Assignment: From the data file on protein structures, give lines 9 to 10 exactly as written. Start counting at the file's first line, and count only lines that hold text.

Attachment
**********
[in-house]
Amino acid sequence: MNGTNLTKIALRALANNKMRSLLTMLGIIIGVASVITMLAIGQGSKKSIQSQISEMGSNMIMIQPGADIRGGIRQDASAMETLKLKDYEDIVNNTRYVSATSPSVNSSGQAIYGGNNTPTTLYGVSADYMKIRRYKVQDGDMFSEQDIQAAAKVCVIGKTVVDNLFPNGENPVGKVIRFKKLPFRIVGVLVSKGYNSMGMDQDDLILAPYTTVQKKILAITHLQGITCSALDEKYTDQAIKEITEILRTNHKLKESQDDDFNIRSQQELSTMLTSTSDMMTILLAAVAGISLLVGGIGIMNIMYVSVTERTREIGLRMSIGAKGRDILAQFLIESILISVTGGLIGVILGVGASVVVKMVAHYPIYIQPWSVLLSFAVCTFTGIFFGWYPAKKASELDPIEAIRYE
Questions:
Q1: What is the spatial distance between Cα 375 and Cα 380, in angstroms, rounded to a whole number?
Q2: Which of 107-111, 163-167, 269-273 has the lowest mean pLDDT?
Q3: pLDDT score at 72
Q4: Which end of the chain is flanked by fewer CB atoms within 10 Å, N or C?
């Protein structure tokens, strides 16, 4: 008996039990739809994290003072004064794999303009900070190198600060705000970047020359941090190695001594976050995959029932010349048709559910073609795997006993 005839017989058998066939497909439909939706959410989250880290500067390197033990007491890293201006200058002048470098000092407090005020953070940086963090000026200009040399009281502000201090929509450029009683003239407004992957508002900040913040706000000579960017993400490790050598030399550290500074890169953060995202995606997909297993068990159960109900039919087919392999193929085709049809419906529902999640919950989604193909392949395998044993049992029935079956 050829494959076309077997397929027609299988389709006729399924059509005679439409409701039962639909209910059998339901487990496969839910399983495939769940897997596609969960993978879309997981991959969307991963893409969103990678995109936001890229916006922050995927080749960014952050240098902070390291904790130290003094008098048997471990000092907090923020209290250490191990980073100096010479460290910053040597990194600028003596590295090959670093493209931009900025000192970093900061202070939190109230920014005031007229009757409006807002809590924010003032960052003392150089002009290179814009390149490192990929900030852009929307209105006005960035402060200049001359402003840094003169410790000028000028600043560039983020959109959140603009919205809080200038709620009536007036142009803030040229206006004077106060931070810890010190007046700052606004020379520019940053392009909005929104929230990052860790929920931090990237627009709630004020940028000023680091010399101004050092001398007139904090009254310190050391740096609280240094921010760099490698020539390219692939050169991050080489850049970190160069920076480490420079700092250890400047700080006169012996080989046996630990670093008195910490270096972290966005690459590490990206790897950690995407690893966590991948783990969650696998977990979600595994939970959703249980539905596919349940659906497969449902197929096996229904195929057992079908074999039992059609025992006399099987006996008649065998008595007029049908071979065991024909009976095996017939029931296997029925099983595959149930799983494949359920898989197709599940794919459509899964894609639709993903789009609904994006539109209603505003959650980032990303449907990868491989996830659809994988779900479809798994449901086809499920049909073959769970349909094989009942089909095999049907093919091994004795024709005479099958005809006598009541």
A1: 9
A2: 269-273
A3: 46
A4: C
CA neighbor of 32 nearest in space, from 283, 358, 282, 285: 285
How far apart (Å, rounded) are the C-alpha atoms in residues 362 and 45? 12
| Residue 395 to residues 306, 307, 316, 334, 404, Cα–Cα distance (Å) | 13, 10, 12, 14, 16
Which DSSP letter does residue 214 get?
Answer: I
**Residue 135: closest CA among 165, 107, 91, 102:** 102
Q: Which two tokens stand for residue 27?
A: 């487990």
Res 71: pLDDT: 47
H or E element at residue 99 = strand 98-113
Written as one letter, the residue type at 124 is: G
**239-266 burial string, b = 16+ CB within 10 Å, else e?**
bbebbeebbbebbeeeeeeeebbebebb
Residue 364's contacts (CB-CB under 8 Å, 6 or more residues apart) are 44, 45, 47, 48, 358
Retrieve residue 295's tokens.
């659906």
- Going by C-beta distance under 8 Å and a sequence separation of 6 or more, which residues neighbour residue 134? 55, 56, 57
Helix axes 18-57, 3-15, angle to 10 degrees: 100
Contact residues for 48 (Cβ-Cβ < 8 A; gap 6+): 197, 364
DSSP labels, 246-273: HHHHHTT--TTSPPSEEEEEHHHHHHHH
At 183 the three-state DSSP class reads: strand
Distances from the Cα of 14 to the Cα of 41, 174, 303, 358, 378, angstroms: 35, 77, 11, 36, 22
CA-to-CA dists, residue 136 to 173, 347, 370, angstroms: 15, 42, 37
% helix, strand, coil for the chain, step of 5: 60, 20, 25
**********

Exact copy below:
A1: 9
A2: 269-273